We have several 3-foot rods (both smooth and threaded) that will need to be cut to size. This will involve some thinking ahead, including how to efficiently lay out the cuts to preserve stock, how to measure and mark the parts, how to cut the rods straight, how to secure the parts that need to be cut, and how to clean up the parts after the cut. You can guide them through this, but they’ll need to lay everything out first, then thread nuts onto them, clamp the parts down, saw them into pieces with a hacksaw, deburr the ends, and then unscrew the nuts to clean up the threads.

We also have several printed plastic pieces that will also need to be prepared for assembly. Because 3D printed parts aren’t absolutely accurate, we’ll need to carefully drill out the holes to the correct sizes so that they fit the hardware they’re supposed to fit. This is also something you can let them discover: Try to fit the plastic frame vertex over the threaded rod, and when it doesn’t fit, ask, “Okay… so what can we do to make this work?”

But here’s how I hope this will work: I’d like the kids on the build team to explain what specific parts are required for the scheduled work. I’d like the makers to ask questions if necessary and then work through how they’ll accomplish the task with the supplies they have. Allow them to make little mistakes, but save them from the big ones. For example, if they decide to try to cut without clamping the work, I’d let them try (supervised, of course), but then suggest that there’s probably an easier and safer solution if they give it a little more thought.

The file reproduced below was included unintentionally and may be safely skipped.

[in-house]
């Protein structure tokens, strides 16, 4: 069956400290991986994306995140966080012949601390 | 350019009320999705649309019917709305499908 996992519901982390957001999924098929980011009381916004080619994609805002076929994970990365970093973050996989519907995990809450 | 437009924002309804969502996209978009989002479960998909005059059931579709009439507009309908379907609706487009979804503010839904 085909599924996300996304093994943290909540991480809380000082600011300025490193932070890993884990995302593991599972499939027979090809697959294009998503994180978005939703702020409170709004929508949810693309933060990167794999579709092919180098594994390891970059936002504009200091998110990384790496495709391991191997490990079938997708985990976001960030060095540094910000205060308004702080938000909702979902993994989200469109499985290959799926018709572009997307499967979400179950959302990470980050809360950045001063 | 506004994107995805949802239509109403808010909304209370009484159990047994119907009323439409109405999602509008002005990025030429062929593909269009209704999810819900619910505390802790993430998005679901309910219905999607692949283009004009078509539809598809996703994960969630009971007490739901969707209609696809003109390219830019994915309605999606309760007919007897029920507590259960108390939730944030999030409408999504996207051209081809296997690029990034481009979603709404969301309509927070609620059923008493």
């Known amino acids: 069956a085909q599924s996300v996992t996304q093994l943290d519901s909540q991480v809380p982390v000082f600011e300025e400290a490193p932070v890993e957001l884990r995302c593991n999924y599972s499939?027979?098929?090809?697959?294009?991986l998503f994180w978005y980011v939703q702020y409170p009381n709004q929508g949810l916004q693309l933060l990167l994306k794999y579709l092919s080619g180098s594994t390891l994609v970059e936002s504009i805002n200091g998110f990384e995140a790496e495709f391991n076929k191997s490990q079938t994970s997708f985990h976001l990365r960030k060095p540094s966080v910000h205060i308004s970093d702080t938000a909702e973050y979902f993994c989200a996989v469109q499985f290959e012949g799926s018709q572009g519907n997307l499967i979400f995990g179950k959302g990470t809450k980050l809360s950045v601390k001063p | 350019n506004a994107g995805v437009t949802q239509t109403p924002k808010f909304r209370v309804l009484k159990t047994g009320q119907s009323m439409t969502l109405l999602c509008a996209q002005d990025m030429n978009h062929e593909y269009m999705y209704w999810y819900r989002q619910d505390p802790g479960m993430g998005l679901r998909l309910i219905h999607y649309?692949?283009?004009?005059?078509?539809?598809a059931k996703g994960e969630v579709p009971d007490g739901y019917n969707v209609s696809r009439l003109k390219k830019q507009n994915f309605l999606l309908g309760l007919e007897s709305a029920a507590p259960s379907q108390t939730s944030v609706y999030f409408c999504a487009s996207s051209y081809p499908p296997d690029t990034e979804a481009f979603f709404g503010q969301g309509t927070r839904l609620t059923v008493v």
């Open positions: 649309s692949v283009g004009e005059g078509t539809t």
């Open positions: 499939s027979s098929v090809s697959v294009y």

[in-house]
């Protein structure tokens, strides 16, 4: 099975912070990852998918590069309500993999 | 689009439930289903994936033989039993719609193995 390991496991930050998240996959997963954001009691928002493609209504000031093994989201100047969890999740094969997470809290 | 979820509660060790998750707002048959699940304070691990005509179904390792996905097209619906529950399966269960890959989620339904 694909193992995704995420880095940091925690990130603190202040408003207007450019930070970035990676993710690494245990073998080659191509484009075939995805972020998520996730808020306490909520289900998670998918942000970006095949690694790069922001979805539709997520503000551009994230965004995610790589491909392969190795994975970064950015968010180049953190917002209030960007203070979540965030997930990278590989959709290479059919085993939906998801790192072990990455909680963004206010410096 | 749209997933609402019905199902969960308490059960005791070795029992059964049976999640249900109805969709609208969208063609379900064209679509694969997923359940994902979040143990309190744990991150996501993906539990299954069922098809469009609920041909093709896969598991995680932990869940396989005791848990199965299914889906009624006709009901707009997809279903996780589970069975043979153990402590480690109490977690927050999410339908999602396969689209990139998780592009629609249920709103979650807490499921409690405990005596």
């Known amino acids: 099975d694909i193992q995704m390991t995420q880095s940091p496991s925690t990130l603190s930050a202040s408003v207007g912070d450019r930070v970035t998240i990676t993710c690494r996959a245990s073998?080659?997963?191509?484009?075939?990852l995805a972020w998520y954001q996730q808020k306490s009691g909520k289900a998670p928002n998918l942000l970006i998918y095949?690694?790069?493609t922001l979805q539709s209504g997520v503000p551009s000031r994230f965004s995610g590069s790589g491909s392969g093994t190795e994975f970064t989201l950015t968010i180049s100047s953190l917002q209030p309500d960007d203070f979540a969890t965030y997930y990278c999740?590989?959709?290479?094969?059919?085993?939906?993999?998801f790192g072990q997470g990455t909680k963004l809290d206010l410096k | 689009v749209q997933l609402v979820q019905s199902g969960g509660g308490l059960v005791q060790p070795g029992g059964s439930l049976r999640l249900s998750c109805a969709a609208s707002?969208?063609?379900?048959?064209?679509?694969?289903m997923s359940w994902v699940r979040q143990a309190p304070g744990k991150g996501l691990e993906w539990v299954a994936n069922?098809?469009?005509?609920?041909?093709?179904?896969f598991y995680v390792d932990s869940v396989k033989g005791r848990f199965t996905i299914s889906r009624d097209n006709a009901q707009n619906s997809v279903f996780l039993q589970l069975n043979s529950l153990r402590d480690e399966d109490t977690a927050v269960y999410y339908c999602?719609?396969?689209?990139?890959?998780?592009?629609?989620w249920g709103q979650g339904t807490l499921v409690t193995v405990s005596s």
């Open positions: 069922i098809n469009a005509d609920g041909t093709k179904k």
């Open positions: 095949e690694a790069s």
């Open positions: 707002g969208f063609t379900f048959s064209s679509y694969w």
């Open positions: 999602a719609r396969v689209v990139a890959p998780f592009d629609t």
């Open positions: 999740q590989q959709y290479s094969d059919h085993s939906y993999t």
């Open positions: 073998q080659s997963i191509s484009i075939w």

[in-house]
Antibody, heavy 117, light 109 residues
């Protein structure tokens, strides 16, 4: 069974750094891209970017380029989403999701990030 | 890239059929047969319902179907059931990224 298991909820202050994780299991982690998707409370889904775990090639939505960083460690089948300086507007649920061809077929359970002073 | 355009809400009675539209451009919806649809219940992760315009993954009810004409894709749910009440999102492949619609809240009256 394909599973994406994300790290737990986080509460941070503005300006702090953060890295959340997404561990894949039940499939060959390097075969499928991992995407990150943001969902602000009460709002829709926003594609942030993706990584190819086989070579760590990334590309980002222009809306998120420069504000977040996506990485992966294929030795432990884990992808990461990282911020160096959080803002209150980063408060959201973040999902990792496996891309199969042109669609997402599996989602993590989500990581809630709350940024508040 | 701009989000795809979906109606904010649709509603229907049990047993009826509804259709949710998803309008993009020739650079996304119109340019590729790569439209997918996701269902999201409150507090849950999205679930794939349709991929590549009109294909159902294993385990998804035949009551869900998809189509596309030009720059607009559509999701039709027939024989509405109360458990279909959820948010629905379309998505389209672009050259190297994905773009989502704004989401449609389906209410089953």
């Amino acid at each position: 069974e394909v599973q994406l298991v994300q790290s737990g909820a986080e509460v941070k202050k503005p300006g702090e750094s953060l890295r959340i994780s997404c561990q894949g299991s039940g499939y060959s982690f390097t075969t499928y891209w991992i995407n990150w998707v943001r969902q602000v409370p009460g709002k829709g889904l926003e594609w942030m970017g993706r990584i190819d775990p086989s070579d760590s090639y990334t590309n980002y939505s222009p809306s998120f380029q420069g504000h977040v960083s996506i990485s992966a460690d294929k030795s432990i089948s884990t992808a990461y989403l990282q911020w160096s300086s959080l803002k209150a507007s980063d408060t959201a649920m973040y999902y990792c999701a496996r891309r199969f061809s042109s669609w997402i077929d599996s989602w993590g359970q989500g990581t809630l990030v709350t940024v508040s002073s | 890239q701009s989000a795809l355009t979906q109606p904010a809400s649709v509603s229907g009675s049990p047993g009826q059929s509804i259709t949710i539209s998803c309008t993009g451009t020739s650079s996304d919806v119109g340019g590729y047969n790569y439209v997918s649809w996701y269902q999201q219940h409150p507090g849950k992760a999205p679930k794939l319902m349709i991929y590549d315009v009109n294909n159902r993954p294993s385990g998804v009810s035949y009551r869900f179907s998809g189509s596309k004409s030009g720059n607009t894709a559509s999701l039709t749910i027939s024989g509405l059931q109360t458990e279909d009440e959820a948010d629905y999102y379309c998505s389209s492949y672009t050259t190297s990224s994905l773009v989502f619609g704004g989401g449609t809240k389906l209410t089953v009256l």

I’m going to try to bring several tools in this Friday, and my plan is to review them and some safety guidelines at the start of the meeting. Among the tools I plan to bring are a hacksaw, clamps, a cordless drill and drill bits, files, wrenches, tape measure, and calipers. I’m also going to bring a lot of hardware and begin to introduce it.

I hope this helps a bit going forward. I’ll see you on Friday!